I took the slightly less conventional but, in my opinion, the more enriching route into my consumer psychology career. Having done pretty well at school, I could’ve hopped off to uni at 18 like everyone else, but I didn’t because I didn’t know what on earth I wanted to study. All I knew was that I was fascinated by the ‘real world’ – whatever that meant, so off I went into the world of work. It was in my role as an Account Manager for a large organisation that I became fascinated with the use of psychology in business. Our internal training gave us insights into our personality profiles, our sales training was based around understanding how to profile our customers with the aim of better communicating with them. Our new business phone scripts were carefully crafted pieces of work, with specific language use to get the most amount of information from each call (to help build a stronger sales relationship). It was interesting, insightful and also slightly unnerving.
I was convinced there can’t be a ‘one size fits all’ approach to human behaviour, whether it’s in the sales process, influencing through marketing or even through to our personalities. So I started reading. After a while I found I was reading so much social science literature that I thought it might be better if I read an actual textbook and enrolled on my first module with the Open University. I thought I’d stop after the first module but within a couple of months I was hooked. I was on the path to a BSc (Hons) in Psychology. I worked full time throughout my undergraduate degree and as I was introduced to all the new disciplines and concepts, I could see them in the ‘real world’. A common misconception with psychology is that it’s a discipline just for therapy. Whilst many career routes within psychology are positioned solely within helping those who have psychological difficulties, I was drawn to applying psychology to the world I was in – sales, marketing and design.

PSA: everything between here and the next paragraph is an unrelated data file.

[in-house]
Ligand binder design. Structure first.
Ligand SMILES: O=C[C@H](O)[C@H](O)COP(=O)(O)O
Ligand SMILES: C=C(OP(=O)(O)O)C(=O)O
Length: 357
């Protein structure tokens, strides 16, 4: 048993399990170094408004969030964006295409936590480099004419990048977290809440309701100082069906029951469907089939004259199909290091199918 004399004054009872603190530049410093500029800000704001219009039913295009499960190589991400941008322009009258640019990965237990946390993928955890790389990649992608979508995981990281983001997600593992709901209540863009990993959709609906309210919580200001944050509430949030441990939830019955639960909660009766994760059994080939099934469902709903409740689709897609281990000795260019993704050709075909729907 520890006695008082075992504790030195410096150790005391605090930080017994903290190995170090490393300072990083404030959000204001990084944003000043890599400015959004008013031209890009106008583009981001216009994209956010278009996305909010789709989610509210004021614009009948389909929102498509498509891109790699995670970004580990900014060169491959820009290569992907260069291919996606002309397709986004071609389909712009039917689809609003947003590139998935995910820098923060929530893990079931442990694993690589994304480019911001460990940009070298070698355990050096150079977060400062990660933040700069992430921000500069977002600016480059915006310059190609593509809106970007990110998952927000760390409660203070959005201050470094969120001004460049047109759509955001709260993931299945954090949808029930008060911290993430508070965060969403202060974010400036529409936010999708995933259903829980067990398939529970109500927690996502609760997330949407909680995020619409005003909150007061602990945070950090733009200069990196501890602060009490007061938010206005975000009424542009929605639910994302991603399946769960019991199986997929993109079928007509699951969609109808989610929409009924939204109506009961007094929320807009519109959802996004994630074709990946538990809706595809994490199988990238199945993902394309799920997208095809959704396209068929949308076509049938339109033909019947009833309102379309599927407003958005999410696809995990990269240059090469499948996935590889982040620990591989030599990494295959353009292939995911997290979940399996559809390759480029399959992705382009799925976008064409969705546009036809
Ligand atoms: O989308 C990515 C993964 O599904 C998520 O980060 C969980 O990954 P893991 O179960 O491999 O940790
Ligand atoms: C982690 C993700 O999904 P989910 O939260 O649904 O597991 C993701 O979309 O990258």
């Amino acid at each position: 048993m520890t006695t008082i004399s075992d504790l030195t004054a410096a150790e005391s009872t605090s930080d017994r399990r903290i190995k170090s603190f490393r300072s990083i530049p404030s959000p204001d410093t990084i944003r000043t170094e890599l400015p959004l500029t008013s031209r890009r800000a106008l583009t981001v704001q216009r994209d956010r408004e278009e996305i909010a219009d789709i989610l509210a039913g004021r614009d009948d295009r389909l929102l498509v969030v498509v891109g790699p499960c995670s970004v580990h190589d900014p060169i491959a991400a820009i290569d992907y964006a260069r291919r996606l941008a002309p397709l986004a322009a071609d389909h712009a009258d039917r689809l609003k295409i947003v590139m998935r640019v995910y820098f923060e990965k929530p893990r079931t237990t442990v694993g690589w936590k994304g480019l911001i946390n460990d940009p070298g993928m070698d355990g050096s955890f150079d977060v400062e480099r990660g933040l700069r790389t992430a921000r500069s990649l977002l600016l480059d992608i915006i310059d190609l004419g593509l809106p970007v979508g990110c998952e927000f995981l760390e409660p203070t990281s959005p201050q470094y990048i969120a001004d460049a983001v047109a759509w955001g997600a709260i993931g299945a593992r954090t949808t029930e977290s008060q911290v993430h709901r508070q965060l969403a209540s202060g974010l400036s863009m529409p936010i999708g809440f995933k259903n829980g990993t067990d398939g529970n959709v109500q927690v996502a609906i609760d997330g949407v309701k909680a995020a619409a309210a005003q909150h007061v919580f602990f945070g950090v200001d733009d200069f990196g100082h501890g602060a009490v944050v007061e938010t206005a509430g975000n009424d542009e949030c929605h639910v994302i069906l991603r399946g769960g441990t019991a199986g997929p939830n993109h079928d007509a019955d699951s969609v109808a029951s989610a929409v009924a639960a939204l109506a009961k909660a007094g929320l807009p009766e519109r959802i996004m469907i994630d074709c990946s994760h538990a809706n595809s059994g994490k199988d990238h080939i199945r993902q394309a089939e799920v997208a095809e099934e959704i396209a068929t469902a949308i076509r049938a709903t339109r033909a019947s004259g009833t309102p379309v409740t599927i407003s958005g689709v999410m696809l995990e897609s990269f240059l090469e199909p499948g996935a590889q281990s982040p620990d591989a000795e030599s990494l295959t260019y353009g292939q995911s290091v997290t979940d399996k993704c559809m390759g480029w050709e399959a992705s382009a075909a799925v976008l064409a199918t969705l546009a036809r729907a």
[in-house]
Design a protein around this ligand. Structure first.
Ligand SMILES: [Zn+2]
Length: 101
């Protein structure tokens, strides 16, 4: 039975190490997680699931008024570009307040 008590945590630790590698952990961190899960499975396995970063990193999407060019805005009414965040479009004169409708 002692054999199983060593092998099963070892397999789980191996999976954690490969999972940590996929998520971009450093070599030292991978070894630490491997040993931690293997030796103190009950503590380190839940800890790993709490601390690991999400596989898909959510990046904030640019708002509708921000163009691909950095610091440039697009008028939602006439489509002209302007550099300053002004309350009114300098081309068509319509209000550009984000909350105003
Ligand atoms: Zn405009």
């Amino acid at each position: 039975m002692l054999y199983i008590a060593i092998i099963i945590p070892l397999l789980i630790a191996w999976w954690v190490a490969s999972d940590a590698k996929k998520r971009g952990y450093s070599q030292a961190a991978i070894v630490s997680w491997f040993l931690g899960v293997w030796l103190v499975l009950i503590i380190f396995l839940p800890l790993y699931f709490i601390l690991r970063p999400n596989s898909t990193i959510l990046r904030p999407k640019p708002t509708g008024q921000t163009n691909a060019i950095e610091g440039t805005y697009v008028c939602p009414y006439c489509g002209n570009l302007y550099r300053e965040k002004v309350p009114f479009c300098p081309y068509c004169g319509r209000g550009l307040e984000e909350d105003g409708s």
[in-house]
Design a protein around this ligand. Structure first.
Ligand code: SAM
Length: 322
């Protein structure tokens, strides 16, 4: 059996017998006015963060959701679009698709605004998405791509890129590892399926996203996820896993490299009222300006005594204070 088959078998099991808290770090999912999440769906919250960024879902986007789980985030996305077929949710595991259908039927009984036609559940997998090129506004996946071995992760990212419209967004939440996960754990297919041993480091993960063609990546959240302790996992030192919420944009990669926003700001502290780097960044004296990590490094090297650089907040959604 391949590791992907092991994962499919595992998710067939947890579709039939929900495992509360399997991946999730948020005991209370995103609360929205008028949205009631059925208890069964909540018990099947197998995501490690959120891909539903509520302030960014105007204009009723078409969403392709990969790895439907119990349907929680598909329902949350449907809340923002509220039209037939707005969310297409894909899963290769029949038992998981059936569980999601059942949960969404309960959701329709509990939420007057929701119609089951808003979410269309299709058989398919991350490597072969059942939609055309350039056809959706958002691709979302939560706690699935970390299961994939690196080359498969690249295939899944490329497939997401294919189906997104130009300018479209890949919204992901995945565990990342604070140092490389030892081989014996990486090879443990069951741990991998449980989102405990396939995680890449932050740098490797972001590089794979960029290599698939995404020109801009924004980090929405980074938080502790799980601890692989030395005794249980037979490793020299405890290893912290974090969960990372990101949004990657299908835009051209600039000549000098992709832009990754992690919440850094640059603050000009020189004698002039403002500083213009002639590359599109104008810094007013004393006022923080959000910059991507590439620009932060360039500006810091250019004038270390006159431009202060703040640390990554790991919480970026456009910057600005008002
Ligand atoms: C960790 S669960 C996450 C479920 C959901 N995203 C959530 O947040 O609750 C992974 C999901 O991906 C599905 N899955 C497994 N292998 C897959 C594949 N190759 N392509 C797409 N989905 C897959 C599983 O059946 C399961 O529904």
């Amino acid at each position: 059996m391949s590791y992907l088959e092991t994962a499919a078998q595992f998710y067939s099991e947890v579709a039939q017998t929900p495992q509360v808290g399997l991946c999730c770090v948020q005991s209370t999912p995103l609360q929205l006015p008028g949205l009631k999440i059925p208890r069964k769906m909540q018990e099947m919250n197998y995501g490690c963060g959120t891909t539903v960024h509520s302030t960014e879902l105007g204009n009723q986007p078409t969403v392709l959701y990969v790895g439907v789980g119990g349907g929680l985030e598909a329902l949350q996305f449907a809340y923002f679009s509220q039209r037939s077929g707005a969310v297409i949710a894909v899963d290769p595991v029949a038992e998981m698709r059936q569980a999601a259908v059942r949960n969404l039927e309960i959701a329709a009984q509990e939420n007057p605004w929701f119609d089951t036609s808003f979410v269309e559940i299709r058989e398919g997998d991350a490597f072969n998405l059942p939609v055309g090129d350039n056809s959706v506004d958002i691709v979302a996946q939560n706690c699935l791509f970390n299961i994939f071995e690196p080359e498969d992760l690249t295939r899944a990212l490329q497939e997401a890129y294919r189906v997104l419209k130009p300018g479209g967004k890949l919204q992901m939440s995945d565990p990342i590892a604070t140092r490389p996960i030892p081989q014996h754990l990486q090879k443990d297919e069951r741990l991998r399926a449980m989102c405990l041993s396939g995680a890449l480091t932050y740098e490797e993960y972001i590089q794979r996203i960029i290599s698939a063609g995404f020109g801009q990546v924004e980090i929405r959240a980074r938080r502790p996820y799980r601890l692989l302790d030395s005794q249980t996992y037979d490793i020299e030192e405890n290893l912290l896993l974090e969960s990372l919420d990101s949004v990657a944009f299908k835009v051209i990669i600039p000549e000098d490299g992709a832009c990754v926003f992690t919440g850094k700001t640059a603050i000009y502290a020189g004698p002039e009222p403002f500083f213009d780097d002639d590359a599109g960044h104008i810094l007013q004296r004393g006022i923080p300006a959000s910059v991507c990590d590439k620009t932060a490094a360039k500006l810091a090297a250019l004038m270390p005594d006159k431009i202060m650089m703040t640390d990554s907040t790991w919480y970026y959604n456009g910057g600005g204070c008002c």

My first foray into the world of applied behavioural science was with my major project in my ‘3rd year’, where I designed an experiment looking into our thought patterns. Namely, counterfactual thinking and the temporal order effect. It’s a concept I’ll go into more in my articles but it’s a pattern of thinking that I can almost guarantee you’ll have been doing for most of your life on a near daily basis and not even realising it.
During my studying I moved into the creative world, working as a graphic designer. Through this I discovered more ways in which psychological theory can be applied to marketing assets to make them more effective and better for us as consumers. The essential role of cognitive psychology in attention, perception and memory of advertising and social psychology in advertising’s role in society, as well as the way in which we perceive and evaluate the brands we encounter. I decided this was where I wanted to specialise, so completed on one of the UK’s only MSc degrees in Consumer Psychology, at Anglia Ruskin University in Cambridge.
Now I have pulled all my years of studying Psychology and working in sales, marketing & design together to create Consumer Cognition… A space focused on designing for, marketing to and truly understanding consumers, with all our wonderful ‘quirks’. It’s my aim to show how having a knowledge of consumer psychology can be mutually beneficial to both businesses and customers. Understanding our behaviour leads to better communication, more human-centred design, better experiences and better representations of our world, which in turn can benefit society as a whole.